New Zealand

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Everyday Vampires

Published March 22, 2015 by vfdpixie

 

WWDITS

What We Do in the Shadows (2014, 1 hr, 26 mins)

 

What We Do in the Shadows.  Sounds really ominous, mysterious and a little intimidating, but it’s the title of a vampire “mockumentary” that was a favourite at film festivals last year, and probably one of the funniest horror-comedies I’ve seen in a long time.

A documentary crew follows the everyday lives of four vampires in Wellington, New Zealand.  The unofficial den vampire, “dandy” Viago (Taika Waititi), moderates, mediates and civilizes the others, perhaps to bring an understanding of their kind.  Deacon (Jonathan Brugh) and Vladislav (Jermaine Clement) are rougher than Viago; with Deacon who is all about rebellion, knitting and being sexy, and Vladislav, described as a “pervert”, who is in love with torture.  There is also the loner Petyr (Ben Fransham), who is probably better known as Nosferatu, lurking in the basement and barely controllable, but a flatmate all the same.  We are introduced to the challenges of vampires living in the modern age, with disgruntled familiars, clubbing, chores, wardrobe, victims and the perils of blood-stained furniture.  When fledgling vampire Nick (Cori Gonzalez-Macuer) ignores the age-old vampire code, things get messy and dangerous for the undead roomies.  Add a pack of rival werewolves, an ancient grudge, and an unholy masquerade, and you have the recipe for bloody and hilarious mayhem.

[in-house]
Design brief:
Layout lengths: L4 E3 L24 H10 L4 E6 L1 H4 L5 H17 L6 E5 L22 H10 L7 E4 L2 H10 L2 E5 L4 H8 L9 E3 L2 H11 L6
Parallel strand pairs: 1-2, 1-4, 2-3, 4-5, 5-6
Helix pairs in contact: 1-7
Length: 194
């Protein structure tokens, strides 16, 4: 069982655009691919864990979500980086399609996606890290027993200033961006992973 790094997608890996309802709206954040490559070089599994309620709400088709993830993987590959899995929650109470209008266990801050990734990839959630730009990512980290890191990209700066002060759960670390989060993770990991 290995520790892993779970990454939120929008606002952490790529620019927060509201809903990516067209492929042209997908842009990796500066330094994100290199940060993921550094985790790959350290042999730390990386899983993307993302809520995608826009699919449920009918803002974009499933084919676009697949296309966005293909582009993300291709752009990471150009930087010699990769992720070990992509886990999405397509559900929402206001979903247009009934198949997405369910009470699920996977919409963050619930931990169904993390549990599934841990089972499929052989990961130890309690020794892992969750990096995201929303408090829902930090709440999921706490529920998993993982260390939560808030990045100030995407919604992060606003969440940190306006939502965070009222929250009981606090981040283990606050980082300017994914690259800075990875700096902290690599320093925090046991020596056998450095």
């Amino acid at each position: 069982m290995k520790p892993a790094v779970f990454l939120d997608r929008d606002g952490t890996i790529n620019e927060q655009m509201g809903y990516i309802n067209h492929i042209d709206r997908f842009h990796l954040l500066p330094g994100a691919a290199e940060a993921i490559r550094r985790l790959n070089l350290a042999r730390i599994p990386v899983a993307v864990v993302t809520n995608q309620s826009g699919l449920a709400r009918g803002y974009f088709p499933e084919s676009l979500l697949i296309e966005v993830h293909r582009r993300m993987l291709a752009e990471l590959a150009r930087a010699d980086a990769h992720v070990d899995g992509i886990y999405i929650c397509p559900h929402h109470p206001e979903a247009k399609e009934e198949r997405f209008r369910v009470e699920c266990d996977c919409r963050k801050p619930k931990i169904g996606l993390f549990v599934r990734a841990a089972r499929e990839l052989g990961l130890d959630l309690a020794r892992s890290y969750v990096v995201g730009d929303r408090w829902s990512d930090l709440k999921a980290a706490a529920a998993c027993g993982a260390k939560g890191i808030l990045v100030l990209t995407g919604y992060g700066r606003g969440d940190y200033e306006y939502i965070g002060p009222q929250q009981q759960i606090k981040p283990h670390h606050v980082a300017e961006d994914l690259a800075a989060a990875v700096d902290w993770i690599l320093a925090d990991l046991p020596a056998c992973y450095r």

I’ve said before that I dislike horror comedies because they usually end up being stupid instead of silly, but the folks from Down Under have nailed it again.  I don’t know if it’s because of their geographical positioning that gives them such a hilarious view of the world, but whatever it is, it works.  Jermaine Clement is a multi-talented performer born and bred in New Zealand that is fast becoming a familiar name in North America.  Most would know him from his show Flight of the Concords, a great comedy series about a musical duo from New Zealand trying to make it in America.  He was also in Men in Black 3 as Boris the Animal and, in my opinion, stole the show.  His fellow Kiwi Taika Waititi has a number of director credits under his belt such as The Inbetweeners and Boy, as well as being a seasoned actor.  Here, the two friends since college have written and directed a gem of an indie film, brought over to North America with funds raised from a Kickstarter campaign.